Bat and the Waiting Game, Elana K. Arnold
Blood Brother: Jonathan Daniels and His Sacrifice for Civil Rights, Rich Wallace
Brown Girl Dreaming, Jacqueline Woodson
Chasing Bats and Tracking Rats: Urban Ecology, Community Science, and How We Share Our Cities, Cylita Guy, PhD*
Song for a Whale, Lynne Kelly *
Speaking Our Truth: A Journey of Reconciliation, Monique Gray Smith
The Beatryce Prophecy, Kate DiCamillo
*= gifted to the library
Much love to everyone who has supported Lightbulb Heart in 2021 – here’s to staying safe and getting back to in-person storytimes when it’s once again wise to do so! If you’re in the Minneapolis/Saint Paul area, the Lending Library is here for you!
May 5th is Canada’s National Day of Awareness for Missing and Murdered Indigenous Women (Red Dress Day), and the Missing and Murdered Native Women and Girls National Day of Action in the U.S.
A call to action for a U.S. National Day of Awareness is here.
“How can we help?”
When we don’t know how to start helping someone, listening to their stories is a very good place to start. In this video, I talk about my favourite books written and illustrated by, with, or about Indigenous Women and Girls.
I recognize talking about MMIWG2S with kids is not easy. Here are some resources for learning, art projects, books, and tips for getting started. Please note that these resources are for caregivers and educators, as the content may not be appropriate for all ages.
The REDress Project, created by Jaime Black, is an aesthetic response to violence against Indigenous women.
Red Dress Window Art file — this PDF includes the pattern I followed for the red dress I show in the video, links for adult learning, and tips for how to talk to younger kids about MMIWG.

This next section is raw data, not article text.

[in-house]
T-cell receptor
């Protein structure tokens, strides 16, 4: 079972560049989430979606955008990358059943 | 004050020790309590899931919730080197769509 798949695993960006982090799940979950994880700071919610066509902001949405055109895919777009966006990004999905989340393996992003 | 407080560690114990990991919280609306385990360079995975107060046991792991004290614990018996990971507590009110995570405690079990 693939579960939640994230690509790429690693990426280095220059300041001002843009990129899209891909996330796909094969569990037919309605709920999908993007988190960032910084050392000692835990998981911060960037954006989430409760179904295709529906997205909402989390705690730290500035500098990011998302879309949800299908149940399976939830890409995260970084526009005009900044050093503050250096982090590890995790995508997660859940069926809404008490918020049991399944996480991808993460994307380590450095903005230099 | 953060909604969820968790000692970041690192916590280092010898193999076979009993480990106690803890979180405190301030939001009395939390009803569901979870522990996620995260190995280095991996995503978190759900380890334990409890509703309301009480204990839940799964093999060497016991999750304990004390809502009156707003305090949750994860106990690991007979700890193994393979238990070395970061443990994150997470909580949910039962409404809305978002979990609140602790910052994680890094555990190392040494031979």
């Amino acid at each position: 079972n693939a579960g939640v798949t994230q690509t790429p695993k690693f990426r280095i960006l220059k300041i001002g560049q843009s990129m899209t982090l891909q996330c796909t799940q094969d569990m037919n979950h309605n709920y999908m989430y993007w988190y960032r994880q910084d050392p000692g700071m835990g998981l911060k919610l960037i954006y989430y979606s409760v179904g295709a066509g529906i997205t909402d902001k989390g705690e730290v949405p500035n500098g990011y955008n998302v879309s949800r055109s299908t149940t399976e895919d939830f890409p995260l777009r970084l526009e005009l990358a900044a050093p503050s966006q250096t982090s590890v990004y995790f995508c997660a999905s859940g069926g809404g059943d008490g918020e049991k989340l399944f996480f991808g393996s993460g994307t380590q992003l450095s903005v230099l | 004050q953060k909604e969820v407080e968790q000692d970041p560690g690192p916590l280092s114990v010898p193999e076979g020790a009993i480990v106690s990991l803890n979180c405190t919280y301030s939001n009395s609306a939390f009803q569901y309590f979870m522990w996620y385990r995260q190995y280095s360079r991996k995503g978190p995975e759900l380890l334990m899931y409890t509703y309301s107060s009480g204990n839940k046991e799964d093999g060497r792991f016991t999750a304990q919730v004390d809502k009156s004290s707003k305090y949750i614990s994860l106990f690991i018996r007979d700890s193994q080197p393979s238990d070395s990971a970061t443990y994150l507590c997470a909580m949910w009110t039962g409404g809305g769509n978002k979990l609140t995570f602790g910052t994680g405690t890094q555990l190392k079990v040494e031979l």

You Hold Me Up, written by Monique Gray Smith, illustrated by Danielle Daniel.
I also wear red…because I have participated in the erasure of Indigenous women, girls, and Two-Spirit persons. I was taught that my Great Great Grandmother was a “Choctaw Indian Princess.” I learned in June, 2020 that she was Scottish and born in Indian Territory, Oklahoma. The name of the region speaks to the rich heritage of Cherokee, Chickasaw, Choctaw, Creek, and Seminole nations who have lived there and who were forcibly removed from those lands by the U.S. government. My generational wealth increased when my family received those lands. “I can’t be racist, I’ve got an Indian princess in my family tree” is yet another false narrative white body supremacy uses to cognitively distance white people from our racist behaviours and beliefs, and the ways we benefit from the peril of others. It kept me from leaning into and learning from my family’s past, from being silent when I should listen, and from speaking up when I see the truth. It erased my sense of rage over what was happening to MMIWG2S and left me with a sense of sadness that was more palatable to my whiteness. I’m done with my sweet tea. This year, I wear red with more purpose, more rage, and a (for now) better understanding of my place in raising awareness.